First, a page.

This is actually one valid way to keep Kodak's name, not necessary to maintain the size of Kodak.
If all money Kodak used to spent on digital, is instead spent on keeping and extending their analog product line, Kodak may still have a chance to maintain a 7,500 employee company.
Another way to look at this: Kodak decided to spent all profit from film products on its remote inkjet business. The inkjet business, IMHO, will never be Kodak's cup of tea. Can you imagine that Kodak will beat Epson and Canon, or even HP? (If Kodak can , I guess IBM won't get rid of its PC and laptop business.) You guys probably know what kind of cameras Kodak has been marketing to American during past 50 years? Other than a few exceptions, Kodak cameras are mostly at the low end of the market, just one notch above what we currently called toy cameras . I believe Kodak will do better in chemical and film industry, but not in equipment manufacturing.
Inkjet printing does not have a great future because publishing (books, magazines, and newspapers) business is a fast shrinking business. Home printing is not expanding fast enough. Instead most images will be stored in social network websites and home computers, and displayed in digital frames and digital readers with high quality screens.
Kodak or Perez is interested in packaging material printing business - but how viable that business to Kodak is? Epson is also working on get into this field and it seems it is not easy to be established there.
Anyway I believe Kodak should not totally give up its dominant market position at analog photographic product. A full switch over to just inkjet printing will kill Kodak instead.
You forgot Voigtlander - I like the RF lenses and viewfinders produced by Cosina and use a 21mm regularly for recording the 10x8" NP work, but always refer to it as Cosina - I feel it is sad they used the name Voigtlander - (I have 4 real Voigtlander lenses and love the images they produce)
Originally Posted by benveniste
I find the initial daydreaming a waste of time, unless IC can raise the funds to get the Kodak BW plants running again, in which case I will drink to his health and happiness
Actually the article in the OP is copied word for word directly from an article on Gibson with some clever "search and replace." I missed that one.
Originally Posted by David Brown
And, again to complete the analogy. Digital music has had a significant impact on the electric guitar. The electric guitar is NOT the instrument of the new century. It is actually rare to hear an instrument that makes any noise by vibration played by a human on any current popular music. If the New Years shows I saw are any indication, no one even knows how to play an instrument. The music is all made in ProTools or Logic in the 'piano roll' window.
And how many bottles of PF 130 do they sell in a week? It's a great way to sell products that can be made small scale and sold at the appropriate price. If you have a name like Gibson or Harley, you might even get enough people to pay that price. That's just not going to work for a product like Portra.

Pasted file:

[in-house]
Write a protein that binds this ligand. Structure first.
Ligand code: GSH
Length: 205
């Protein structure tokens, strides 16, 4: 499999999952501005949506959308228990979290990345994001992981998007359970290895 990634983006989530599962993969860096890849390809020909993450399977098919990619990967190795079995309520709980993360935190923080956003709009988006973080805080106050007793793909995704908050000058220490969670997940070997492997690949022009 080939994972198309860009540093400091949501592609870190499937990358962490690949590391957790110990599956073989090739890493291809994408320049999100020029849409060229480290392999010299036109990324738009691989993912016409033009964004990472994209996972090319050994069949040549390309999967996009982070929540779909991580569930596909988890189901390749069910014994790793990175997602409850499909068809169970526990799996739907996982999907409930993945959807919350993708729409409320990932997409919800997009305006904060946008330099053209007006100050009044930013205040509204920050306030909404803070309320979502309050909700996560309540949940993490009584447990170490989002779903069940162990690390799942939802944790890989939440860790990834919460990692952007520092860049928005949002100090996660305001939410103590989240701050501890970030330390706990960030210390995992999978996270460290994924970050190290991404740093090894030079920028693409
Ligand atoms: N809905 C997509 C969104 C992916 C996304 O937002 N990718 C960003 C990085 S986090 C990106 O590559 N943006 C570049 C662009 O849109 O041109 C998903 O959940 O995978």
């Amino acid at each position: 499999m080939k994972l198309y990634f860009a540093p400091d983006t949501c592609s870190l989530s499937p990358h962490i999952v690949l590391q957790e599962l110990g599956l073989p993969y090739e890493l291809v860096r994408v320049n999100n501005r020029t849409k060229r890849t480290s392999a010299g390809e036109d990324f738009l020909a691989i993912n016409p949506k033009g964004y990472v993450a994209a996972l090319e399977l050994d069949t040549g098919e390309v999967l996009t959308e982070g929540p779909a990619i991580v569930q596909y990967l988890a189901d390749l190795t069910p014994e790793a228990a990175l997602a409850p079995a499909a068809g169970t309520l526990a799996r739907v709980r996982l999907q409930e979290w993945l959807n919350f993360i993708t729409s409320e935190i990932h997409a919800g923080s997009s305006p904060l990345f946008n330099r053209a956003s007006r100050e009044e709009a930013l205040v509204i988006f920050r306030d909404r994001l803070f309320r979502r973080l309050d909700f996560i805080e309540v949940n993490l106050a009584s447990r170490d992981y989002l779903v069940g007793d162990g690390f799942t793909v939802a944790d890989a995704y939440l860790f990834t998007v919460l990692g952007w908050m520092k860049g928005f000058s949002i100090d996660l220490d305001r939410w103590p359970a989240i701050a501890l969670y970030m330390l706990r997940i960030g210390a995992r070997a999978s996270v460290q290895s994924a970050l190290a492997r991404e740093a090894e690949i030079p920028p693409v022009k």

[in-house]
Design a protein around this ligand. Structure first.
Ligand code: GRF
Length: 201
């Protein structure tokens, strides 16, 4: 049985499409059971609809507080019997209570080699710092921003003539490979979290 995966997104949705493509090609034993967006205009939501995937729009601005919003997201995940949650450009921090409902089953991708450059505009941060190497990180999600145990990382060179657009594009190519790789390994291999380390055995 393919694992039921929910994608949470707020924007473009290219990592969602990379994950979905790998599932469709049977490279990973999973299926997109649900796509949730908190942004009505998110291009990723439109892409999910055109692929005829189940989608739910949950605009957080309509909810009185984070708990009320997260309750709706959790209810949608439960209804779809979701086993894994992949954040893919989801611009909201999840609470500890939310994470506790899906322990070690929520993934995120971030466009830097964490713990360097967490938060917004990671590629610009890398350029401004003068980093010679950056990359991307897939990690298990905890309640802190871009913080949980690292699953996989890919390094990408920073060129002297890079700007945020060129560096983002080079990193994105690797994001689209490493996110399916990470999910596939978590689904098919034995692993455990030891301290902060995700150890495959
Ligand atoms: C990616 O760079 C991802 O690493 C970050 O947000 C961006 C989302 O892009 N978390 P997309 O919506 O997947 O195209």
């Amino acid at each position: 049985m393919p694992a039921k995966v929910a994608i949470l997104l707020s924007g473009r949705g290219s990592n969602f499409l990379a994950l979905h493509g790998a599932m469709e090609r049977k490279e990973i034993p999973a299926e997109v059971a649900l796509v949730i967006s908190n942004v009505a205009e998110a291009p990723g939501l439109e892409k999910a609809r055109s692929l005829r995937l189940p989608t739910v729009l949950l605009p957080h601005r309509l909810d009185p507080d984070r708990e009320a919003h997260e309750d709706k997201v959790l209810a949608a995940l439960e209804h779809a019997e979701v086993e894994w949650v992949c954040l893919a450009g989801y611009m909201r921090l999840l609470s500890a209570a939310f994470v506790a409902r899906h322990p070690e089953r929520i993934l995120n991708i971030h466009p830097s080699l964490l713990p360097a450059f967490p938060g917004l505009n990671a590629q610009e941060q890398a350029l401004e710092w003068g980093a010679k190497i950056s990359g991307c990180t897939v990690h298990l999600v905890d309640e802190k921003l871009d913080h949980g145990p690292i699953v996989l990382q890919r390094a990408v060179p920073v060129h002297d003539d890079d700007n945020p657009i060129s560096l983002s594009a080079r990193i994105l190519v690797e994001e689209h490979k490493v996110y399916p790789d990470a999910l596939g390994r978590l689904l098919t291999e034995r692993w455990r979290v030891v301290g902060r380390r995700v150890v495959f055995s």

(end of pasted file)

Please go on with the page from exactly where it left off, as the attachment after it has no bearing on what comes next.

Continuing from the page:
Originally Posted by zsas
"People get bumped off." -- Weegee
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What does scale have to do with the marketing and grass roots engagement I am suggesting the new owners do for film based still photography marketing? Trader Joe has that old time grocery feel slant in their marketing and they look to be doing pretty good, scale is different than message. I'm more talking about connecting their base with the past and memories and emotion, classic, tis all I mean
Trader Joe doesn't have Kodak's pension liability to cover, if it did they'd be broke too. Maybe as a group we're suggesting screw Kodak's retirees, their pensions, and their health insurance?
To cover those folks Kodak is going to have to be a big company and generate a "lot" of income.
^is film commercially viable? That is for the suitors/creditors to decide, don't think any of us have the ability to see if there is profitability w/o going thru the books (although the quarterly results dont look too promising for film or any Kodak group), my comments presume someone/or group were to buy the Film arm and make a go at it...
Isn't kodak manufacturing digital sensors for the likes of the leica S2 etc? Im sure thats profitable if thats the case. I realise not many hideously expensive cameras like that are sold in comparison to others though.
My random ponderings suggest a number of things. One is that film has major archive/long term stability benefit. I wonder if in the next few years people will understand how unstable their million pictures of their kids on their computer is (possibly after they lose them in a crash). It will probably take a lot more than that to convert people back to accepting film though. It would be a nice world if film and digital shared 50% each of the market, more opportunity and availability of resources for all. Even my dad has suggested film is dead, thats just infuriating.
All that really matters in the end is the image, not what your using to create it.
I think one issue however is that society no longer holds photographs with the same level of value - hence loss of them is not considered as much of a loss as it would have been before.
Originally Posted by Danielle
Why? Because effort to attain is now less than it was before.
Result: Less attached and perceived value because of lower original cost/effort.
The discussion itself may not entirely even be about film, really, but more about the Photograph itself.
Stop worrying about grain, resolution, sharpness, and everything else that doesn't have a damn thing to do with substance.